[SOLVED] Mechanics problem

• Feb 25th 2009, 06:32 AM
jackiemoon
[SOLVED] Mechanics problem
Hi,

Can anyone help with solving this problem please:

Two rigid square plates, of different materials and with mass per unit area equal to λ1and λ2 respectively, are joined along one edge. The system is subject to gravity and can rotate freely around the pivot point A in the figure, which is fixed.

(see attached drawing)

Compute the angle formed by the segment AB with the vertical direction when the system is in equilibrium.

I'm having trouble understanding what exactly is being asked in this question. Can anybody shed any light on this please?

Thanks
• Feb 25th 2009, 08:19 AM
Equilibrium positio
Hello jackiemoon
Quote:

Originally Posted by jackiemoon
Hi,

Can anyone help with solving this problem please:

Two rigid square plates, of different materials and with mass per unit area equal to λ1and λ2 respectively, are joined along one edge. The system is subject to gravity and can rotate freely around the pivot point A in the figure, which is fixed.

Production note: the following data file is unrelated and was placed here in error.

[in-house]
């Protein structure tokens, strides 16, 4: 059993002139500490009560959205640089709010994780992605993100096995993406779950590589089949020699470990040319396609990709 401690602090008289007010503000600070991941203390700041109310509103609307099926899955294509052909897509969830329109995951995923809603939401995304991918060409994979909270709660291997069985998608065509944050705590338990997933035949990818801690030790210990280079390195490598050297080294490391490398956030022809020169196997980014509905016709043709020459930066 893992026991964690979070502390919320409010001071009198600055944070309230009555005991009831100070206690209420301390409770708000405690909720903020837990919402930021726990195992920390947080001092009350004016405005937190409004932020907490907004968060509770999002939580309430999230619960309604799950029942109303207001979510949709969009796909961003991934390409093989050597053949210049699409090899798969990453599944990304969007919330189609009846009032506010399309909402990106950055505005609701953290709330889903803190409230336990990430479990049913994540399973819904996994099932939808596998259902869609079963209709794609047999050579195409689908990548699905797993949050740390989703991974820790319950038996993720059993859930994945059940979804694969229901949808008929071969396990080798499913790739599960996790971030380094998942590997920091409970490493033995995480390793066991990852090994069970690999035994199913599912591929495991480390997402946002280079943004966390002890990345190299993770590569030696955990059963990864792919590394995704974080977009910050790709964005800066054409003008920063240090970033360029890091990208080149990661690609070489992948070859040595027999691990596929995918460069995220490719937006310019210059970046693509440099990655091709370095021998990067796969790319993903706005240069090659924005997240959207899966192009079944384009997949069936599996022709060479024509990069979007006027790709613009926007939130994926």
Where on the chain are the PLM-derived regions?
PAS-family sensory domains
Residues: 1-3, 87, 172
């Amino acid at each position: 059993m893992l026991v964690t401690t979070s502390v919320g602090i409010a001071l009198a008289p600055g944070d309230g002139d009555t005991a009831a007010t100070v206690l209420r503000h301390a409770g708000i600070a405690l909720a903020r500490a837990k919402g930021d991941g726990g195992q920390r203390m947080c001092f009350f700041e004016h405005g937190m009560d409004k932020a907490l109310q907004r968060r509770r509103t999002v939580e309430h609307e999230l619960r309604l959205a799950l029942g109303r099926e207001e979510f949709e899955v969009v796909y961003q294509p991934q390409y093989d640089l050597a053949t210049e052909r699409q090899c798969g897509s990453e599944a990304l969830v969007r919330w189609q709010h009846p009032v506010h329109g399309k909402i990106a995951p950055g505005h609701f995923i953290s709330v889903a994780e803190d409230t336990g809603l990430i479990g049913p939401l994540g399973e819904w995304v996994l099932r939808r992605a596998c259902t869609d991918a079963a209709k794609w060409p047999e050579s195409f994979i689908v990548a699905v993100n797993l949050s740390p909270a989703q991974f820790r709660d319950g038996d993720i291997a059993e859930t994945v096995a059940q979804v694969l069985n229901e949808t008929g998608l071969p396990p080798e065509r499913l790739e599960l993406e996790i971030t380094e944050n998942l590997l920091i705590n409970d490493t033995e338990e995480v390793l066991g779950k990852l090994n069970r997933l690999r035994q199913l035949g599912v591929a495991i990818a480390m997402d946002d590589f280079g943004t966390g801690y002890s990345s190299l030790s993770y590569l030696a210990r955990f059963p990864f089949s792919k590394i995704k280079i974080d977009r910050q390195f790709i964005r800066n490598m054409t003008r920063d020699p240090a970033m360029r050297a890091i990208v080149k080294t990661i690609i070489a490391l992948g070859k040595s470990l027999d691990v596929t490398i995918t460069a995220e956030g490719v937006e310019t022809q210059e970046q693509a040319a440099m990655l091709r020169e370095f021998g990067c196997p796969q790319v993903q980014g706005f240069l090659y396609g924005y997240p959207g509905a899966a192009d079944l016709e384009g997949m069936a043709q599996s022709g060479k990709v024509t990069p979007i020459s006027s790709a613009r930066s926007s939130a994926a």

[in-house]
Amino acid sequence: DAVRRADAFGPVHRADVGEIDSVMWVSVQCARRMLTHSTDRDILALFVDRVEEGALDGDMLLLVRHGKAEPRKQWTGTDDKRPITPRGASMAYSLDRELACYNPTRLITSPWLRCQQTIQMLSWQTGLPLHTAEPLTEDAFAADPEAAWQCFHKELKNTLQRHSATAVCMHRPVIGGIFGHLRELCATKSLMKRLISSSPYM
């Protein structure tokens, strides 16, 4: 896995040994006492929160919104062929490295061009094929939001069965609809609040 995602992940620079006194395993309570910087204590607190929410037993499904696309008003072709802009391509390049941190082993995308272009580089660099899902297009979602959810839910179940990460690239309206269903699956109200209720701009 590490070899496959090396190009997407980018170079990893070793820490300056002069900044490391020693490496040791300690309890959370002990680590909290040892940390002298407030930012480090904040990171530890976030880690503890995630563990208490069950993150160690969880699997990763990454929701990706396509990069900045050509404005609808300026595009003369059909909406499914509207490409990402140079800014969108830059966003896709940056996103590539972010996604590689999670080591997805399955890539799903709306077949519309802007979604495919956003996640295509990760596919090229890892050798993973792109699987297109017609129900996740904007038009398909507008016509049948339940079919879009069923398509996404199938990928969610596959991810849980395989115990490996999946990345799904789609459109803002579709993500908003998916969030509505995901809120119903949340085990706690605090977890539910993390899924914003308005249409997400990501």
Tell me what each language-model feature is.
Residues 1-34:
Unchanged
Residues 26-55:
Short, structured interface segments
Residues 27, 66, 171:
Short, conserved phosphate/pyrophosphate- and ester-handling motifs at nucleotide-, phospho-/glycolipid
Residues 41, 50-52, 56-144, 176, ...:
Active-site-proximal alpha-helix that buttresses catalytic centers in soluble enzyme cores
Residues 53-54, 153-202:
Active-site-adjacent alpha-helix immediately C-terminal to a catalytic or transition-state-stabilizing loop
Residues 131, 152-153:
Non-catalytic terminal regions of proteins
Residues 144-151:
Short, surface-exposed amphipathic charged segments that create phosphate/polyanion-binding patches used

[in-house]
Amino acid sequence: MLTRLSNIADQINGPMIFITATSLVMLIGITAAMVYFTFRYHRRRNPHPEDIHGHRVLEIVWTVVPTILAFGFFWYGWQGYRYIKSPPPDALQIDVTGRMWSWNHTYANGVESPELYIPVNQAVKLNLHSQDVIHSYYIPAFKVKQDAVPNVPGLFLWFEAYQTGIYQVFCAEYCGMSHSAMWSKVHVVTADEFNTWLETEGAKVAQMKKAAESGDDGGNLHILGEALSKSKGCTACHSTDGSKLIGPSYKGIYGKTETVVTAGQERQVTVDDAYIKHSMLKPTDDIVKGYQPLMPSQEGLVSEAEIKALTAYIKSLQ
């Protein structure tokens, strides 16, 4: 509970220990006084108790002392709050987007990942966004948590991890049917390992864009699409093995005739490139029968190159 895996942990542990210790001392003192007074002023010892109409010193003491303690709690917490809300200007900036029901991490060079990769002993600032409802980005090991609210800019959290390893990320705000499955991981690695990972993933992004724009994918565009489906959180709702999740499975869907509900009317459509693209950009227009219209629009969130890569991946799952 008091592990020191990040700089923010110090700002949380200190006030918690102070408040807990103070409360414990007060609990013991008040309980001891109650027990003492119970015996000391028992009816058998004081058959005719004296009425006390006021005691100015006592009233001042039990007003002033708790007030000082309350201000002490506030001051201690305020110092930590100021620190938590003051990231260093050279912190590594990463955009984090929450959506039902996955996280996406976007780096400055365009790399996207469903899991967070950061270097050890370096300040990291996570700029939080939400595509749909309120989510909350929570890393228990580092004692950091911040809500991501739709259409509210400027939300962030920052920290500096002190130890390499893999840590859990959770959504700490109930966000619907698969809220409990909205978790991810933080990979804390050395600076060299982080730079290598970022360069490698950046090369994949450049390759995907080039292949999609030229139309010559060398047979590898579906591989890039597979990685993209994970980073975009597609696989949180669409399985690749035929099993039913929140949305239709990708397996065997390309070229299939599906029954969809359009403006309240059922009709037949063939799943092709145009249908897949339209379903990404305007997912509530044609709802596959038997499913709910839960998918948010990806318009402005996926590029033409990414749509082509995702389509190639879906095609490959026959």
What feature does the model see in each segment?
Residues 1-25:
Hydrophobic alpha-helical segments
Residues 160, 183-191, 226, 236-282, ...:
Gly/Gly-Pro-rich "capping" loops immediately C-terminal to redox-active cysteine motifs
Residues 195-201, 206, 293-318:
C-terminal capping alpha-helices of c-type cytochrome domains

(see attached drawing)

Compute the angle formed by the segment AB with the vertical direction when the system is in equilibrium.

I'm having trouble understanding what exactly is being asked in this question. Can anybody shed any light on this please?

Thanks

This question is all about finding the position of the centre of mass of the body, and saying that it lies directly beneath A.

So, if the squares have sides of length $\displaystyle 2a$, then their masses are $\displaystyle 4a^2\lambda_1$ and $\displaystyle 4a^2\lambda_2$.

In the attached diagram, then, take moments about G, the centre of mass:

$\displaystyle 4a^2\lambda_1PG = 4a^2\lambda_2GQ$, where P and Q are the centres of the two squares

$\displaystyle \Rightarrow PG = \frac{\lambda_2}{\lambda_1}GQ$

$\displaystyle = \frac{\lambda_2}{\lambda_1+\lambda_2}\times PQ$

$\displaystyle = \frac{\lambda_2}{\lambda_1+\lambda_2}\times 2a$

$\displaystyle \Rightarrow GO = a - PG = a - \frac{2\lambda_2}{\lambda_1+\lambda_2}a$

$\displaystyle = \frac{a(\lambda_1 - \lambda_2)}{\lambda_1 + \lambda_2}$

Now when the body is freely suspended from A, the line AG is vertical, and AB makes an angle $\displaystyle \theta$ with this line, where

$\displaystyle \tan\theta = \frac{GO}{AO}=\frac{GO}{a}$

$\displaystyle = \frac{\lambda_1 - \lambda_2}{\lambda_1 + \lambda_2}$